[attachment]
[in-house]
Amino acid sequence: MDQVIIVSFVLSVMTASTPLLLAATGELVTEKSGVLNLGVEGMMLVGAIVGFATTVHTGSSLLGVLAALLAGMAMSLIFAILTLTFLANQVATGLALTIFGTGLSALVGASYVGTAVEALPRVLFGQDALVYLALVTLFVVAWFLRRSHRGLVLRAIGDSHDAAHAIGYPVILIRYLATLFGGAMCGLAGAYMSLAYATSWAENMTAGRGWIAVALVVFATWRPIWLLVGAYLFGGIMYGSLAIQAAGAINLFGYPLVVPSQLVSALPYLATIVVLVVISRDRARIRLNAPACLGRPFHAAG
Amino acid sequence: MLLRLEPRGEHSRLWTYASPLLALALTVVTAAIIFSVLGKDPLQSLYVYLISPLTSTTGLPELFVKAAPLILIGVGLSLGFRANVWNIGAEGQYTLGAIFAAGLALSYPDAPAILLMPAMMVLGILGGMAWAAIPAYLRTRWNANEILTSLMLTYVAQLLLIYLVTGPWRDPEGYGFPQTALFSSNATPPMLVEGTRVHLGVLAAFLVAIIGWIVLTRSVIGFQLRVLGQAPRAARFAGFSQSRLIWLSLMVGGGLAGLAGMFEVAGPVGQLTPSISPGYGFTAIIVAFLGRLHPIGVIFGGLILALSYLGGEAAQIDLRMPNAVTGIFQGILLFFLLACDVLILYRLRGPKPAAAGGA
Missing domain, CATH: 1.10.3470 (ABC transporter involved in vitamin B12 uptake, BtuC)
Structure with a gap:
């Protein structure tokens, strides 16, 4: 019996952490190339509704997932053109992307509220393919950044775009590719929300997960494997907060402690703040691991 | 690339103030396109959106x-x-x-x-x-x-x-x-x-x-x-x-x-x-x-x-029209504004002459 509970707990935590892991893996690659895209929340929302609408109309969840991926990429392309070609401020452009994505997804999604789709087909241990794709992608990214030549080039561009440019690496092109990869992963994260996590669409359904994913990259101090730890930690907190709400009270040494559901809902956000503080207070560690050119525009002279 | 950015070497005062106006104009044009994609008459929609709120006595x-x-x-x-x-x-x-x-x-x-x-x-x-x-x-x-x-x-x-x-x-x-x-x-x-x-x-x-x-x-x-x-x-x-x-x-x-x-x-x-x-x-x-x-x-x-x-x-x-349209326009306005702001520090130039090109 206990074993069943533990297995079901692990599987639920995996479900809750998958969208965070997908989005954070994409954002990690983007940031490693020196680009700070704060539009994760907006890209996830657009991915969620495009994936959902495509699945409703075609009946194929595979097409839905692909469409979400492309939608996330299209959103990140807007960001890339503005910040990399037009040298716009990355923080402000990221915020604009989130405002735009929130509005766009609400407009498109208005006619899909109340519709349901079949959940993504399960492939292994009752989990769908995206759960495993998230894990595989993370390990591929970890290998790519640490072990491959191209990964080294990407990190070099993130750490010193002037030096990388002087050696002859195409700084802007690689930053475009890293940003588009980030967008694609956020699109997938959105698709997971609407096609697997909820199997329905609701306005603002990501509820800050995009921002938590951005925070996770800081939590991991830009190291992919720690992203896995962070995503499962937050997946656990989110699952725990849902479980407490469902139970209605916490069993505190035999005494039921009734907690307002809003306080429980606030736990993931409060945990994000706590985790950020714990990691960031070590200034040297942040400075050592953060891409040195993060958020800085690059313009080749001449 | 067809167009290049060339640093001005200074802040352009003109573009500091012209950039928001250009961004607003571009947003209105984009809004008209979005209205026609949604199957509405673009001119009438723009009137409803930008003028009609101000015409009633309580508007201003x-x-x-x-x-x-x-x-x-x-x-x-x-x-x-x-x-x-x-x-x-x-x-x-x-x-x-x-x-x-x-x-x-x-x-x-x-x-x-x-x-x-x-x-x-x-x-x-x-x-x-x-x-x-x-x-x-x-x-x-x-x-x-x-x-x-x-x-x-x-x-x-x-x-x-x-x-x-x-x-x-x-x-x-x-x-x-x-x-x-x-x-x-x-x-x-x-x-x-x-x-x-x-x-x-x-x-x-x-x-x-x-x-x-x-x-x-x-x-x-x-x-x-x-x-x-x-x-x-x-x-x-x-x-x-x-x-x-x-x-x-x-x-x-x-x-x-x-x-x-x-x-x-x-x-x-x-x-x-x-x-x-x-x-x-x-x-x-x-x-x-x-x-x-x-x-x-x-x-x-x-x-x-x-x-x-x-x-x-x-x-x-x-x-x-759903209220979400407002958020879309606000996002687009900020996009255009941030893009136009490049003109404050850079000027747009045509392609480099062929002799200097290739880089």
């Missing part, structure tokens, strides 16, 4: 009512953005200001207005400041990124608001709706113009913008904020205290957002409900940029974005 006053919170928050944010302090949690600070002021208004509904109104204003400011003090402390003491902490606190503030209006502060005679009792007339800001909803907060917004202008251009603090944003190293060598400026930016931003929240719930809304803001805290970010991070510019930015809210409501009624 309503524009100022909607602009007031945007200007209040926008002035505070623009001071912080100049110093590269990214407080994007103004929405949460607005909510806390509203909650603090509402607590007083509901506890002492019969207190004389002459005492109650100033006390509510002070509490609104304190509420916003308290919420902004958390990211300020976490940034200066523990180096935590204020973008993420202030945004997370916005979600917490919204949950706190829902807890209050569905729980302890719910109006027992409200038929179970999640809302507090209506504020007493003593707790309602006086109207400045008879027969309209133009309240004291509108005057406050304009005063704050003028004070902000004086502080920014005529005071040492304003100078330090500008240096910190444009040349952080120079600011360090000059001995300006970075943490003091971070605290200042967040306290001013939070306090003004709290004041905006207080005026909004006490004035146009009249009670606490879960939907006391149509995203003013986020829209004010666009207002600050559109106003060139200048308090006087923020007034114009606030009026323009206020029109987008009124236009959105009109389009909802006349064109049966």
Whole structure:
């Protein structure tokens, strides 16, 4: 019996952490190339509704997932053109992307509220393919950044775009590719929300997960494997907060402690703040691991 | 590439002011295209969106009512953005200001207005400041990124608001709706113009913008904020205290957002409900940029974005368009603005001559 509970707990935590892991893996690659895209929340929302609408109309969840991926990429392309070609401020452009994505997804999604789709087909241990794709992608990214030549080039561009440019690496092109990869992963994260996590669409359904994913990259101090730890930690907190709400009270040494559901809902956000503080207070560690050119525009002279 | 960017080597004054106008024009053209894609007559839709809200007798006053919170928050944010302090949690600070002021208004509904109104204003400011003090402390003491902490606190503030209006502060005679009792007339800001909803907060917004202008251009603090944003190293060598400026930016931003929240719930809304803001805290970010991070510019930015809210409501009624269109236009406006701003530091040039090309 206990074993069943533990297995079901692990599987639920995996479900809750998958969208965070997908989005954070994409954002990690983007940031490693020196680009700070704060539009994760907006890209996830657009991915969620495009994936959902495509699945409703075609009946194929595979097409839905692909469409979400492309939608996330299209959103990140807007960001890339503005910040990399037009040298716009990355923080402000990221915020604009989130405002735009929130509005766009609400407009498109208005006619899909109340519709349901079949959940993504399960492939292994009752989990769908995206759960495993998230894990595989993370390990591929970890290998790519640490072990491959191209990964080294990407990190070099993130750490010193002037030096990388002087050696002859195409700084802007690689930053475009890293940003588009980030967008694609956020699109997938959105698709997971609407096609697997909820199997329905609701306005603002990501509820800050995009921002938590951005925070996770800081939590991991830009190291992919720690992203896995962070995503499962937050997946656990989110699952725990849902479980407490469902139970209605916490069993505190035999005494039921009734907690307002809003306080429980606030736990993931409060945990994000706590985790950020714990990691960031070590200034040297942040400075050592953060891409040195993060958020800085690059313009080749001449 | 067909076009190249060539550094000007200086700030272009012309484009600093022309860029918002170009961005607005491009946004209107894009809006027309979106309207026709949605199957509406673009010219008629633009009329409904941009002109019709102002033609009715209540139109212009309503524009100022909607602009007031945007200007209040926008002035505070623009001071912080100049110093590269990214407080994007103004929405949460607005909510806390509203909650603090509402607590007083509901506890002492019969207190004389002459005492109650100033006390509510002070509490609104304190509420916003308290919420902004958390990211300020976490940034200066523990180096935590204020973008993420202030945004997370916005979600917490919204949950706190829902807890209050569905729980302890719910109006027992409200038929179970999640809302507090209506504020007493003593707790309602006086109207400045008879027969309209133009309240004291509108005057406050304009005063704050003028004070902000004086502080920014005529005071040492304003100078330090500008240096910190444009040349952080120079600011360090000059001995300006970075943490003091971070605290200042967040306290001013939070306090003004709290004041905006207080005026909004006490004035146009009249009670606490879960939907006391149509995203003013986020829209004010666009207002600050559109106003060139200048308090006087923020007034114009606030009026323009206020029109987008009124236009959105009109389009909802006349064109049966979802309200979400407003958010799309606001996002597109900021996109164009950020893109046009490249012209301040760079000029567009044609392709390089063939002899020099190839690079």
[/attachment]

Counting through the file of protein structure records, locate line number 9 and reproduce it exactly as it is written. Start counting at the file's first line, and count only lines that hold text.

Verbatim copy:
């Protein structure tokens, strides 16, 4: 019996952490190339509704997932053109992307509220393919950044775009590719929300997960494997907060402690703040691991 | 590439002011295209969106009512953005200001207005400041990124608001709706113009913008904020205290957002409900940029974005368009603005001559 509970707990935590892991893996690659895209929340929302609408109309969840991926990429392309070609401020452009994505997804999604789709087909241990794709992608990214030549080039561009440019690496092109990869992963994260996590669409359904994913990259101090730890930690907190709400009270040494559901809902956000503080207070560690050119525009002279 | 960017080597004054106008024009053209894609007559839709809200007798006053919170928050944010302090949690600070002021208004509904109104204003400011003090402390003491902490606190503030209006502060005679009792007339800001909803907060917004202008251009603090944003190293060598400026930016931003929240719930809304803001805290970010991070510019930015809210409501009624269109236009406006701003530091040039090309 206990074993069943533990297995079901692990599987639920995996479900809750998958969208965070997908989005954070994409954002990690983007940031490693020196680009700070704060539009994760907006890209996830657009991915969620495009994936959902495509699945409703075609009946194929595979097409839905692909469409979400492309939608996330299209959103990140807007960001890339503005910040990399037009040298716009990355923080402000990221915020604009989130405002735009929130509005766009609400407009498109208005006619899909109340519709349901079949959940993504399960492939292994009752989990769908995206759960495993998230894990595989993370390990591929970890290998790519640490072990491959191209990964080294990407990190070099993130750490010193002037030096990388002087050696002859195409700084802007690689930053475009890293940003588009980030967008694609956020699109997938959105698709997971609407096609697997909820199997329905609701306005603002990501509820800050995009921002938590951005925070996770800081939590991991830009190291992919720690992203896995962070995503499962937050997946656990989110699952725990849902479980407490469902139970209605916490069993505190035999005494039921009734907690307002809003306080429980606030736990993931409060945990994000706590985790950020714990990691960031070590200034040297942040400075050592953060891409040195993060958020800085690059313009080749001449 | 067909076009190249060539550094000007200086700030272009012309484009600093022309860029918002170009961005607005491009946004209107894009809006027309979106309207026709949605199957509406673009010219008629633009009329409904941009002109019709102002033609009715209540139109212009309503524009100022909607602009007031945007200007209040926008002035505070623009001071912080100049110093590269990214407080994007103004929405949460607005909510806390509203909650603090509402607590007083509901506890002492019969207190004389002459005492109650100033006390509510002070509490609104304190509420916003308290919420902004958390990211300020976490940034200066523990180096935590204020973008993420202030945004997370916005979600917490919204949950706190829902807890209050569905729980302890719910109006027992409200038929179970999640809302507090209506504020007493003593707790309602006086109207400045008879027969309209133009309240004291509108005057406050304009005063704050003028004070902000004086502080920014005529005071040492304003100078330090500008240096910190444009040349952080120079600011360090000059001995300006970075943490003091971070605290200042967040306290001013939070306090003004709290004041905006207080005026909004006490004035146009009249009670606490879960939907006391149509995203003013986020829209004010666009207002600050559109106003060139200048308090006087923020007034114009606030009026323009206020029109987008009124236009959105009109389009909802006349064109049966979802309200979400407003958010799309606001996002597109900021996109164009950020893109046009490249012209301040760079000029567009044609392709390089063939002899020099190839690079």